What did you do on the evening of February 11, 2023? We ask mainly because we are itching to tell you what we did that night, which was host the Reproductive Justice Salon! Our goal in hosting this event was three-fold: 1) raise money to donate to abortion funds across the country 2) speak out about pressing issues regarding abortion and reproductive justice and 3) create a space of community for activists and supporters of reproductive rights for people of all genders, everywhere.
There is no universal definition of what it means to be financially accessible. What is accessible for one person might be very different from what is accessible for another.
I’ve talked to sex-positive event organizers who see a sliding scale ticket price that starts at $15 as being very financially accessible. My feeling is that even a scale that starts at $1 can be exclusionary for some people. If you’re broke and you’re figuring out where you’re going to spend money in a day, you might have $3 to spend on lunch, and if $1 of that is required for admission to an event that you are really interested in attending, then you're forced to decide between having some crackers (or whatever you can find for $2) and going to the event, or having a bagel (or another $3 lunch) and skipping it.
2017 was a tough year for the United States. Like many of you, we here at Pleasure Pie asked ourselves, "WTF should we do?" as things spiraled downward on a national level. Should we drop the sex-positivity stuff and do more direct political engagement? Should we stick to what we know, and push for a culture of consent and healthy sexual expression at a time when the need for this is even more visible than usual (with the "locker room talk" and allegations of sexual assault against so many politicians and celebrities)?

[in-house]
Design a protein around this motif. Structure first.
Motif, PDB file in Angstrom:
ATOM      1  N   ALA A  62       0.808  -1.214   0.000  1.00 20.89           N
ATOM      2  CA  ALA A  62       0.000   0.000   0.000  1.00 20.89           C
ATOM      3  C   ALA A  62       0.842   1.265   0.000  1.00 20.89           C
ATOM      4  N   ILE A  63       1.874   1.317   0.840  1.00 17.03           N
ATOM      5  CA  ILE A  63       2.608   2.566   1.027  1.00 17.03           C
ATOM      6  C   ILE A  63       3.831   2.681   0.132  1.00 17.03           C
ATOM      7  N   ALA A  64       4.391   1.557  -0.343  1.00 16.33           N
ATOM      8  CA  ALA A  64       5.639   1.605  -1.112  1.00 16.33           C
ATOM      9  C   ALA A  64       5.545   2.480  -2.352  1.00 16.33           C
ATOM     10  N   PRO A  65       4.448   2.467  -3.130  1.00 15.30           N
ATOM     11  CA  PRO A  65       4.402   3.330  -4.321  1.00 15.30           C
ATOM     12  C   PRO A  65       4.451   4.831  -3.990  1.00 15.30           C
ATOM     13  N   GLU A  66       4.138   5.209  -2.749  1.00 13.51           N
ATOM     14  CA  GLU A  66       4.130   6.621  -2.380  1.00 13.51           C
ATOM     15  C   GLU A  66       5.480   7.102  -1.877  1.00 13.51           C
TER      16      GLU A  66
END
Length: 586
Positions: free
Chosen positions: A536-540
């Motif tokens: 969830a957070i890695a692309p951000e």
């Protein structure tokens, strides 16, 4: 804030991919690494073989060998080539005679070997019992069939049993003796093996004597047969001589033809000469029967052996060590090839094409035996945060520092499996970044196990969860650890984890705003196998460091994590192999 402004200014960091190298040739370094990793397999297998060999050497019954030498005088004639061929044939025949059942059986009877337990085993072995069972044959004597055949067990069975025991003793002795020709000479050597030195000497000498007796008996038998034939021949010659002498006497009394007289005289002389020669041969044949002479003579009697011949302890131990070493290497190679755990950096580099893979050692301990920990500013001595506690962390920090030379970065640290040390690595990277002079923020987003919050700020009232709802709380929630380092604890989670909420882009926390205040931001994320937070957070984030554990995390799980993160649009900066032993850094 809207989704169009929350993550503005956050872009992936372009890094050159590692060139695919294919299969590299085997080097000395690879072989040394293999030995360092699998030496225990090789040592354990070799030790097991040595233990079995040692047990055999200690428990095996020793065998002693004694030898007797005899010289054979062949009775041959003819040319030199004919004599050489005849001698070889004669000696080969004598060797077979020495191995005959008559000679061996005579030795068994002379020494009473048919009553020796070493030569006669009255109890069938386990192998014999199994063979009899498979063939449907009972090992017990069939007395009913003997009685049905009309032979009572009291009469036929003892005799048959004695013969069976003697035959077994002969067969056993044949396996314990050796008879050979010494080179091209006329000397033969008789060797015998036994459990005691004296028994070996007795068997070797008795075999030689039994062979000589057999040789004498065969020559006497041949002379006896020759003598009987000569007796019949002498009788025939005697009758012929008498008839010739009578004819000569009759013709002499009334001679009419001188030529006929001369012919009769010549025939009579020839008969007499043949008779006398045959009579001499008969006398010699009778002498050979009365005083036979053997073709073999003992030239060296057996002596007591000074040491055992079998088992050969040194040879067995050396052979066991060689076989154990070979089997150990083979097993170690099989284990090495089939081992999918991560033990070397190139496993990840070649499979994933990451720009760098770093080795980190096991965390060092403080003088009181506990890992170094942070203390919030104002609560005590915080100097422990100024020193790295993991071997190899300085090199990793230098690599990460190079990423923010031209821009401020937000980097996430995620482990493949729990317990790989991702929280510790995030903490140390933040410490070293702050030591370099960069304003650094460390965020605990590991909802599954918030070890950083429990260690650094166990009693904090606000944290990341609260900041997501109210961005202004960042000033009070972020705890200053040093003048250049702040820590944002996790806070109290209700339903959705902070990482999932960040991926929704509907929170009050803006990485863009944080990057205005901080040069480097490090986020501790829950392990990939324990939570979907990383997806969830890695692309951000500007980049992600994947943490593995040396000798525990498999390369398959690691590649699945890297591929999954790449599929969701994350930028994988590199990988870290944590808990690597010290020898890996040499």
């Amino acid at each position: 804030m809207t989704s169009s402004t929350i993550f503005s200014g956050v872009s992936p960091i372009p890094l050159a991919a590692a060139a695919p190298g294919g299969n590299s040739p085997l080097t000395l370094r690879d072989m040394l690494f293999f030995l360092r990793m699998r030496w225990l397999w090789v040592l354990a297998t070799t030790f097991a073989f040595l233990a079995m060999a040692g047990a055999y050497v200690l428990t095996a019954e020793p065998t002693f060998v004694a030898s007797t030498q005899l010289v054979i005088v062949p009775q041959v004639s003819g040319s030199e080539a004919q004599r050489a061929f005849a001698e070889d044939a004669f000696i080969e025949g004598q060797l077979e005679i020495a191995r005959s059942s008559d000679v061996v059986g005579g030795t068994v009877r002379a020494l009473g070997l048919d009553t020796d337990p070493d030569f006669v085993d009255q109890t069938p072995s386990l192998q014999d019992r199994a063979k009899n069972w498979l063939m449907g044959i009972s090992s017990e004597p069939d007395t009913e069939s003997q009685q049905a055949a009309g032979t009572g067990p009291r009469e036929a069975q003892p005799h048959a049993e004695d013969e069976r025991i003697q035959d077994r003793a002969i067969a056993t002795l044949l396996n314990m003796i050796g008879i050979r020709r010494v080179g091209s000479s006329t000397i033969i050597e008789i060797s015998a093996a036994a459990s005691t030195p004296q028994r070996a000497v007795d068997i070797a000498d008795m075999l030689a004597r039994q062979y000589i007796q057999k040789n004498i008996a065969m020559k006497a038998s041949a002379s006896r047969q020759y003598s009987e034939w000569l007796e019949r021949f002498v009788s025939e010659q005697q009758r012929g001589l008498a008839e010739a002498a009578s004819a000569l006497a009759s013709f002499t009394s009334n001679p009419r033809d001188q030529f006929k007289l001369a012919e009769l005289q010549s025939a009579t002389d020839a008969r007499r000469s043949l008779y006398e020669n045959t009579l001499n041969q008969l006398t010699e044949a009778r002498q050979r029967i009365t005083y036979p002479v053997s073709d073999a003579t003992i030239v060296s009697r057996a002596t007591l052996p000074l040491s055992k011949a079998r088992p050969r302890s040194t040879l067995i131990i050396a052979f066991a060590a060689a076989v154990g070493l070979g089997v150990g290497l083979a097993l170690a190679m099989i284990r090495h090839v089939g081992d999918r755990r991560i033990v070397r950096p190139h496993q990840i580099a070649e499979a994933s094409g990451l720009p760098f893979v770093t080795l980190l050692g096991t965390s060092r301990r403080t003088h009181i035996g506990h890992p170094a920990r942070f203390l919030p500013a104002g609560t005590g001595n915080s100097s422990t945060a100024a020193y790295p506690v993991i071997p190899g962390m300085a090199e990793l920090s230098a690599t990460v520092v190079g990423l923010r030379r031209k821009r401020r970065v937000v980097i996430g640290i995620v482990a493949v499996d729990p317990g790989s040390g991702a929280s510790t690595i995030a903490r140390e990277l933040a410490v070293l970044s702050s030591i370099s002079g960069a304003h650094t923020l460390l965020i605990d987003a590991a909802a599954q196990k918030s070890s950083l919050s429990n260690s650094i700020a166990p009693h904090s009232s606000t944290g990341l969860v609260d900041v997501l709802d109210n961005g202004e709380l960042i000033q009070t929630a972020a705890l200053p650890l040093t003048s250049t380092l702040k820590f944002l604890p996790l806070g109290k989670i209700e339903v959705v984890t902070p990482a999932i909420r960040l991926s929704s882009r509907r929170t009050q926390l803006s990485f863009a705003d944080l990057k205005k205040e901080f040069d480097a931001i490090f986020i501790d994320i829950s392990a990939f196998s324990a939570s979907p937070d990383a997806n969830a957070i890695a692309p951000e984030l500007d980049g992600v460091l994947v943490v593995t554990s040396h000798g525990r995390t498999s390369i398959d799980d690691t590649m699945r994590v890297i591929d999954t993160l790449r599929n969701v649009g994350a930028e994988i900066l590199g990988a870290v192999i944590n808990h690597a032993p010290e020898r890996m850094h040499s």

In November, we made this “Oh God, Oh God, Trump Is Our Next President” zine making station at the local theater company Company One’s production of the feminist play REVOLT. Here are some photos of the zines people made.
By Nicole Mazzeo
You, too can put on a workshop! You don’t need to be an official “educator” or have certification (or even a college degree).
You do need passion for the subject and willingness to put time and effort into it. And you should know a good amount about the topic you’re going to cover. I recommend reading things on the internet (or, you know, books) – and fact checking anything you want to use. You can do it!
This August I traveled to Maryland and Virginia to be a part of two sexuality conferences, Amorous Revolt and the Woodhull Sexual Freedom Summit. It was awesome to meet so many people who are passionate about creating a more sexually accepting culture!
My friends at The Center for Sexual Pleasure and Health let me use some of their table space for Pleasure Pie zines, and I am eternally grateful! It was a great opportunity to put my work out there in a community of enthusiastic, supportive sex geeks. Also, I put up the Thoughtful Penis Series on the wall behind the table, because why not? Photo from the CSPH Instagram.
Unfortunately I didn’t think to take any photos at Amorous Revolt, and I haven’t seen any posted on the internet yet. But I’ll post some if I find any!
Thank you so much to everyone who donated to our Sex Positive Summer Tour fundraiser for making this all possible!!!